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Ask Away: 5 Questions for an Illinois Spanish Educator

 

We’re asking students, teachers, and counselors five questions on how languages play a role in shaping personal and professional success…

Meet Leah Groat—a Hendrix College alumna currently teaching Spanish II and AP at Prairie Ridge High School in Crystal Lake, Illinois.

"Ask Away: 5 Questions" banner image with Leah portrait

1. What inspired you to become a language educator? Was there a specific moment when you knew, or did your motivation change over time?

Both of my parents were teachers. My mom taught Spanish & French and my dad taught math. I was always around education and I knew I wanted to be a teacher, but I wasn’t sure what subject I wanted to teach. In college, I was a kinesiology major and enjoyed going to class and playing games/sports all day.

With the plan to be a Spanish minor, I thought studying abroad would be fun. But, once I got to Madrid I knew that I had to double major and get my certification to teach Spanish. Being immersed in the culture and the language, I totally fell in love!

Now that I’m able to pass that passion along to my students, especially in AP Spanish Language & Culture, it’s such a rewarding experience and I couldn’t imagine teaching another subject!

2. What did you do as a student of Spanish to prepare yourself for this role?

Throughout high school I took Spanish classes and took accelerated/honors courses when available. My senior year I took AP Spanish Language & Culture and scored well on the test.

My plan was to be a Spanish minor in college. I took my first class at Hendrix and for about a week I had no idea what was going on! My professor, Dr. Vilahomat, was Cuban and I had never spoken to someone with a Cuban accent; I was completely lost! However, once I got used it, I took every course Dr. Vilahomat taught!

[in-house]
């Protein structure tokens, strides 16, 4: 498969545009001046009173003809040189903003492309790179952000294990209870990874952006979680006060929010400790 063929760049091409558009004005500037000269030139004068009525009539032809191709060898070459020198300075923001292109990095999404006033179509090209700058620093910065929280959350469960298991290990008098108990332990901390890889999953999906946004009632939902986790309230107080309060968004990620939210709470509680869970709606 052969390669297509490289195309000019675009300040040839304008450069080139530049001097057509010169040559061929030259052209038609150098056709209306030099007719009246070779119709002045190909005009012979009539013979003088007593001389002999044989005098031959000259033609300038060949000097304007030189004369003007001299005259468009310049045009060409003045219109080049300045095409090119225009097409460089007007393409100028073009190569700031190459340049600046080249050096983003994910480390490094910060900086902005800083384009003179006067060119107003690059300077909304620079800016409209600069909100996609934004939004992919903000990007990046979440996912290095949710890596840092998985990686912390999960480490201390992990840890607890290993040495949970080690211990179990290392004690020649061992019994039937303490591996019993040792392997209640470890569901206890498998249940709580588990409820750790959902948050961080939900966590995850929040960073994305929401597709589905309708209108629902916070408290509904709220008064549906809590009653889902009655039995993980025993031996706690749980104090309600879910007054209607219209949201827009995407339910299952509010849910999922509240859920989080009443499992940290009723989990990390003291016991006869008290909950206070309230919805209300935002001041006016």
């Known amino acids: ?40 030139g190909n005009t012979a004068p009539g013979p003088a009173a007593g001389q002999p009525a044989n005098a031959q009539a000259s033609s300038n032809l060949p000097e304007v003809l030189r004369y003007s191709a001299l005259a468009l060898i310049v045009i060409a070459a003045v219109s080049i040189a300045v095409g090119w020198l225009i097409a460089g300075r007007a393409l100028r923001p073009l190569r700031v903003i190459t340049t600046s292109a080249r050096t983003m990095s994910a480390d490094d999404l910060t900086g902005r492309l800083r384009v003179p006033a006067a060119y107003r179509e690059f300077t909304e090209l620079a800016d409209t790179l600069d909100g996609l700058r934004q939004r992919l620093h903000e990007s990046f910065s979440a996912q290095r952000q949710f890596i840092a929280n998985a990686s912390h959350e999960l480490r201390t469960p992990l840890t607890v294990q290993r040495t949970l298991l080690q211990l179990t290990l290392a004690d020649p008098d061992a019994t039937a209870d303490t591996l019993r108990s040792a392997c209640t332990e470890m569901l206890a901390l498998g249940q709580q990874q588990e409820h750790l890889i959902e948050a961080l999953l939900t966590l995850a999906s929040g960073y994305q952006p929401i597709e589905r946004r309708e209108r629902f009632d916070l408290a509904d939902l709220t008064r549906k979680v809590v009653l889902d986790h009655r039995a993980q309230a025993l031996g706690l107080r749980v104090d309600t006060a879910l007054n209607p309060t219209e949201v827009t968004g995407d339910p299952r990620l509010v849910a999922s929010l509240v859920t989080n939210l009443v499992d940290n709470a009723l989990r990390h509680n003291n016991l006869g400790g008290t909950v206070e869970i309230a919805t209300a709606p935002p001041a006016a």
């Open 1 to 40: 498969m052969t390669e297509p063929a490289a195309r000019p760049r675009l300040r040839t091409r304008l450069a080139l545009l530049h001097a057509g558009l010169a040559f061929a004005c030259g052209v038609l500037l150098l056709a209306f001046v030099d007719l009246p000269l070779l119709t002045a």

Before my senior year I studied abroad in Madrid where I was totally forced to use my Spanish to survive. Additionally, I’ve been lucky enough to travel to a lot of Spanish-speaking countries (Puerto Rico, Costa Rica, Peru, Mexico, and Cuba) to continue to improve my language skills and to learn about the different Hispanic cultures.

3. What’s the best thing about being a language teacher? Any surprises?

Leah photo at historic site

My favorite thing is when my students are able to express themselves comfortably in Spanish.

This happens mostly at the AP level, and the things my kids are able to talk about by the end of the year are incredible! I especially love when they get to the point of being able to joke around in Spanish; to me that’s when they’re truly becoming “fluent” and it’s so much fun to experience!

With the younger levels, it’s awesome when they come back from trips to Mexico or other places, and they talk about how they were able to help their parents communicate with people at the hotel, restaurants, etc. They’re always so proud of themselves (as they should be!) and it’s some of their first real-world connections to language learning.

4. What are some language and cultural activities you’ve done outside the traditional classroom with your students?

I take my students to the National Museum of Mexican Art in Chicago for their Día de los Muertos exhibit in November. It’s in Pilsen, the Mexican neighborhood of Chicago, so they get to see the murals in the neighborhood, the exhibit at the museum, visit a panadería, and have a traditional Mexican lunch. It’s an awesome experience!

I also take my Spanish II students to our local Mexican grocery store and ice cream store during our food unit.

They get to explore and find different ingredients in the grocery store and sample different ice cream flavors. I like for them to see the different cultures represented in our small town, and they always say that it’s one of their favorite things they do during the year!

5. Do you have a favorite language learning moment from traveling abroad with your students?

Last spring break we took a group of students to Costa Rica. One of our activities was a cultural exchange with local students.

Our kids played volleyball, danced, made s’mores, and hung out with the local kids. It was a relaxed environment in which they could speak Spanish, and at the end of the night they didn’t want to leave!

 

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